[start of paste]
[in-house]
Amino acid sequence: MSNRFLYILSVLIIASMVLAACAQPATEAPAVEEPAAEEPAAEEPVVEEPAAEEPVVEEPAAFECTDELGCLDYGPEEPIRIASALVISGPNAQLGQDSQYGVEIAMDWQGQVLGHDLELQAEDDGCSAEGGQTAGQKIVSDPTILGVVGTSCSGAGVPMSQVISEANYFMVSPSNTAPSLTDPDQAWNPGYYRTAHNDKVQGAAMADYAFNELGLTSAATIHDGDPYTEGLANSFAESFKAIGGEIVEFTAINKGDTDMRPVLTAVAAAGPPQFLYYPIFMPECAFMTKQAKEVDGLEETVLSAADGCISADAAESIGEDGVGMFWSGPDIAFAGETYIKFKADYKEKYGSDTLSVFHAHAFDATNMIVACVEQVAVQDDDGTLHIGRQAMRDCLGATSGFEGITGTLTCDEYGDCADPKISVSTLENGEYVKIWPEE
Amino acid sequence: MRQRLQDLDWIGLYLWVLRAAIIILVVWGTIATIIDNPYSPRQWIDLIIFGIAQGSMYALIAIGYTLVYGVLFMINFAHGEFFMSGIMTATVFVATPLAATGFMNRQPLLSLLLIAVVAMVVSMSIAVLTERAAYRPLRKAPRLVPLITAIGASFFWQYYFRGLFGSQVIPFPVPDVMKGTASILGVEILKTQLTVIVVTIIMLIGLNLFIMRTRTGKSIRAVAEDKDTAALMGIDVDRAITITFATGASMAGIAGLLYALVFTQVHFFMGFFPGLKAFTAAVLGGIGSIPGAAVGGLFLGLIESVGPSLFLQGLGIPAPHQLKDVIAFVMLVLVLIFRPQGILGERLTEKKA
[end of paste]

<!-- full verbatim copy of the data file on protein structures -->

[in-house]
Amino acid sequence: MSNRFLYILSVLIIASMVLAACAQPATEAPAVEEPAAEEPAAEEPVVEEPAAEEPVVEEPAAFECTDELGCLDYGPEEPIRIASALVISGPNAQLGQDSQYGVEIAMDWQGQVLGHDLELQAEDDGCSAEGGQTAGQKIVSDPTILGVVGTSCSGAGVPMSQVISEANYFMVSPSNTAPSLTDPDQAWNPGYYRTAHNDKVQGAAMADYAFNELGLTSAATIHDGDPYTEGLANSFAESFKAIGGEIVEFTAINKGDTDMRPVLTAVAAAGPPQFLYYPIFMPECAFMTKQAKEVDGLEETVLSAADGCISADAAESIGEDGVGMFWSGPDIAFAGETYIKFKADYKEKYGSDTLSVFHAHAFDATNMIVACVEQVAVQDDDGTLHIGRQAMRDCLGATSGFEGITGTLTCDEYGDCADPKISVSTLENGEYVKIWPEE
Amino acid sequence: MRQRLQDLDWIGLYLWVLRAAIIILVVWGTIATIIDNPYSPRQWIDLIIFGIAQGSMYALIAIGYTLVYGVLFMINFAHGEFFMSGIMTATVFVATPLAATGFMNRQPLLSLLLIAVVAMVVSMSIAVLTERAAYRPLRKAPRLVPLITAIGASFFWQYYFRGLFGSQVIPFPVPDVMKGTASILGVEILKTQLTVIVVTIIMLIGLNLFIMRTRTGKSIRAVAEDKDTAALMGIDVDRAITITFATGASMAGIAGLLYALVFTQVHFFMGFFPGLKAFTAAVLGGIGSIPGAAVGGLFLGLIESVGPSLFLQGLGIPAPHQLKDVIAFVMLVLVLIFRPQGILGERLTEKKA